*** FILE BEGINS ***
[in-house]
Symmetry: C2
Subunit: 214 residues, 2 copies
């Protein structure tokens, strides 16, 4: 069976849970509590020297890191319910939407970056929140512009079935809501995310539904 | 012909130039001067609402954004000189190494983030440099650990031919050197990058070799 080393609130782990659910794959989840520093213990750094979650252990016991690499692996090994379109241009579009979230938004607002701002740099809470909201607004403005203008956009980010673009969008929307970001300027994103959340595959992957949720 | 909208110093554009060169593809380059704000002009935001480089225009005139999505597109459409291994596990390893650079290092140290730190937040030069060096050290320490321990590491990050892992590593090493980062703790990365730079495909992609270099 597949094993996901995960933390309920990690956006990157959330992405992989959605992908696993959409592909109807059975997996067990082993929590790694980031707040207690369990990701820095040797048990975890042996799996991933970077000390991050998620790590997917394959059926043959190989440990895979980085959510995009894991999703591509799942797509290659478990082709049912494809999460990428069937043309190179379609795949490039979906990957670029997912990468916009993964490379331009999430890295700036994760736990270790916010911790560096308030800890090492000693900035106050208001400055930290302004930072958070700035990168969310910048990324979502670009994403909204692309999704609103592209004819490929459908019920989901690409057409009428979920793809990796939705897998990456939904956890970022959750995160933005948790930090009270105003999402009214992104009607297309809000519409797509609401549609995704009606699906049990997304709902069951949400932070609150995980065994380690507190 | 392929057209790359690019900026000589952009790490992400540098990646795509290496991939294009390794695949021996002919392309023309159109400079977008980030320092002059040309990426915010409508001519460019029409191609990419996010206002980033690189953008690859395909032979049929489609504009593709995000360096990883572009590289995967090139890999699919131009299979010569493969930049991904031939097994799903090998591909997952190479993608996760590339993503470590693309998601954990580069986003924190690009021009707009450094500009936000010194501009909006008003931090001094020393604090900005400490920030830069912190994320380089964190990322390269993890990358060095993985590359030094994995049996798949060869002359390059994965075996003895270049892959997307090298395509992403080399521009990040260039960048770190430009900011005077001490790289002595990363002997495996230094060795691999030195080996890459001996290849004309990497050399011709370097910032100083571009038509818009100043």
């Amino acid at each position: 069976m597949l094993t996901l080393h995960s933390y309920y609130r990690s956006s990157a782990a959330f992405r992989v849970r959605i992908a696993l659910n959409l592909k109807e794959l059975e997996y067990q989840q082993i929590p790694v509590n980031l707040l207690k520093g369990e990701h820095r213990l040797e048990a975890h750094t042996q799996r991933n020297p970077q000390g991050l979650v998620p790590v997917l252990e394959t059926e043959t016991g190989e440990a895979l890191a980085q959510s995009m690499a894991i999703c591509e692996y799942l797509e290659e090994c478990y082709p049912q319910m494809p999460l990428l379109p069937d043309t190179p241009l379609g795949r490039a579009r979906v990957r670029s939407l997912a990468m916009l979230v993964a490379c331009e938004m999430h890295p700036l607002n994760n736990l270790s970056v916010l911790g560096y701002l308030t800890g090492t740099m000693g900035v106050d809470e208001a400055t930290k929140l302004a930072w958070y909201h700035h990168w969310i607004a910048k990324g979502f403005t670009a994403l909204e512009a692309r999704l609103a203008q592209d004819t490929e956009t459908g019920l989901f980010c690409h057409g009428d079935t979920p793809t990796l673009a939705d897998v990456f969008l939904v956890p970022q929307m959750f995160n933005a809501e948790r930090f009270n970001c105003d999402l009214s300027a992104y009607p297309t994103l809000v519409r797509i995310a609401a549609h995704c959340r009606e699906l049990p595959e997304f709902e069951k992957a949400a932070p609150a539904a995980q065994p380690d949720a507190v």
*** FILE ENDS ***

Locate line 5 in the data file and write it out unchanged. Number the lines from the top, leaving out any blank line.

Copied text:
């Amino acid at each position: 069976m597949l094993t996901l080393h995960s933390y309920y609130r990690s956006s990157a782990a959330f992405r992989v849970r959605i992908a696993l659910n959409l592909k109807e794959l059975e997996y067990q989840q082993i929590p790694v509590n980031l707040l207690k520093g369990e990701h820095r213990l040797e048990a975890h750094t042996q799996r991933n020297p970077q000390g991050l979650v998620p790590v997917l252990e394959t059926e043959t016991g190989e440990a895979l890191a980085q959510s995009m690499a894991i999703c591509e692996y799942l797509e290659e090994c478990y082709p049912q319910m494809p999460l990428l379109p069937d043309t190179p241009l379609g795949r490039a579009r979906v990957r670029s939407l997912a990468m916009l979230v993964a490379c331009e938004m999430h890295p700036l607002n994760n736990l270790s970056v916010l911790g560096y701002l308030t800890g090492t740099m000693g900035v106050d809470e208001a400055t930290k929140l302004a930072w958070y909201h700035h990168w969310i607004a910048k990324g979502f403005t670009a994403l909204e512009a692309r999704l609103a203008q592209d004819t490929e956009t459908g019920l989901f980010c690409h057409g009428d079935t979920p793809t990796l673009a939705d897998v990456f969008l939904v956890p970022q929307m959750f995160n933005a809501e948790r930090f009270n970001c105003d999402l009214s300027a992104y009607p297309t994103l809000v519409r797509i995310a609401a549609h995704c959340r009606e699906l049990p595959e997304f709902e069951k992957a949400a932070p609150a539904a995980q065994p380690d949720a507190v």